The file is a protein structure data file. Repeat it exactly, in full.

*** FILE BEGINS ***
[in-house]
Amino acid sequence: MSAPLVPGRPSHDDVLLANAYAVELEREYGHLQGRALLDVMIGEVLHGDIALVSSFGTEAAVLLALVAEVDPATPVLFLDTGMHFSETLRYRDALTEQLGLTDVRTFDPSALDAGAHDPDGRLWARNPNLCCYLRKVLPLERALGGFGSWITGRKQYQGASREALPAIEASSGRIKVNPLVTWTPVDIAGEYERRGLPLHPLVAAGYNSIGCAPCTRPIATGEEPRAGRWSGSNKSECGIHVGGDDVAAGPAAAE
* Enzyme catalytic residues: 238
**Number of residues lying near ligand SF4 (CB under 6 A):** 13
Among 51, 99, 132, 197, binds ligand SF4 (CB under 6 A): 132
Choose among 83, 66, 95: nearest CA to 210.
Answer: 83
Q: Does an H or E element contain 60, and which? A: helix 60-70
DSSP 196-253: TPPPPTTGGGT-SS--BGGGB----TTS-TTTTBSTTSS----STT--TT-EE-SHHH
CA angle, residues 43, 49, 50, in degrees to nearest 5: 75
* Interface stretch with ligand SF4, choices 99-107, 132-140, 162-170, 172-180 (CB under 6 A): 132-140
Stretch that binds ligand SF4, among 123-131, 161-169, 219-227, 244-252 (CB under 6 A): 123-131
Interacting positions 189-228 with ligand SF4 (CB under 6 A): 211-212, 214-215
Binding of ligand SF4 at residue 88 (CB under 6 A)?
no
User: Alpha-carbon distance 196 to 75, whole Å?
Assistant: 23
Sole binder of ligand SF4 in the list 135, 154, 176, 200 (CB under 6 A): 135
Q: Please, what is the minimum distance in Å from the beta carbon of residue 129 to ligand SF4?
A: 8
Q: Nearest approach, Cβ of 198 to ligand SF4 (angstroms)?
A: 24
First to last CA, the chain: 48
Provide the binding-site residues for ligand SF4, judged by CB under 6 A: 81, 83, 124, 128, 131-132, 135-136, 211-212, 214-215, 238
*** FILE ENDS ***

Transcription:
[in-house]
Amino acid sequence: MSAPLVPGRPSHDDVLLANAYAVELEREYGHLQGRALLDVMIGEVLHGDIALVSSFGTEAAVLLALVAEVDPATPVLFLDTGMHFSETLRYRDALTEQLGLTDVRTFDPSALDAGAHDPDGRLWARNPNLCCYLRKVLPLERALGGFGSWITGRKQYQGASREALPAIEASSGRIKVNPLVTWTPVDIAGEYERRGLPLHPLVAAGYNSIGCAPCTRPIATGEEPRAGRWSGSNKSECGIHVGGDDVAAGPAAAE
* Enzyme catalytic residues: 238
**Number of residues lying near ligand SF4 (CB under 6 A):** 13
Among 51, 99, 132, 197, binds ligand SF4 (CB under 6 A): 132
Choose among 83, 66, 95: nearest CA to 210.
Answer: 83
Q: Does an H or E element contain 60, and which? A: helix 60-70
DSSP 196-253: TPPPPTTGGGT-SS--BGGGB----TTS-TTTTBSTTSS----STT--TT-EE-SHHH
CA angle, residues 43, 49, 50, in degrees to nearest 5: 75
* Interface stretch with ligand SF4, choices 99-107, 132-140, 162-170, 172-180 (CB under 6 A): 132-140
Stretch that binds ligand SF4, among 123-131, 161-169, 219-227, 244-252 (CB under 6 A): 123-131
Interacting positions 189-228 with ligand SF4 (CB under 6 A): 211-212, 214-215
Binding of ligand SF4 at residue 88 (CB under 6 A)?
no
User: Alpha-carbon distance 196 to 75, whole Å?
Assistant: 23
Sole binder of ligand SF4 in the list 135, 154, 176, 200 (CB under 6 A): 135
Q: Please, what is the minimum distance in Å from the beta carbon of residue 129 to ligand SF4?
A: 8
Q: Nearest approach, Cβ of 198 to ligand SF4 (angstroms)?
A: 24
First to last CA, the chain: 48
Provide the binding-site residues for ligand SF4, judged by CB under 6 A: 81, 83, 124, 128, 131-132, 135-136, 211-212, 214-215, 238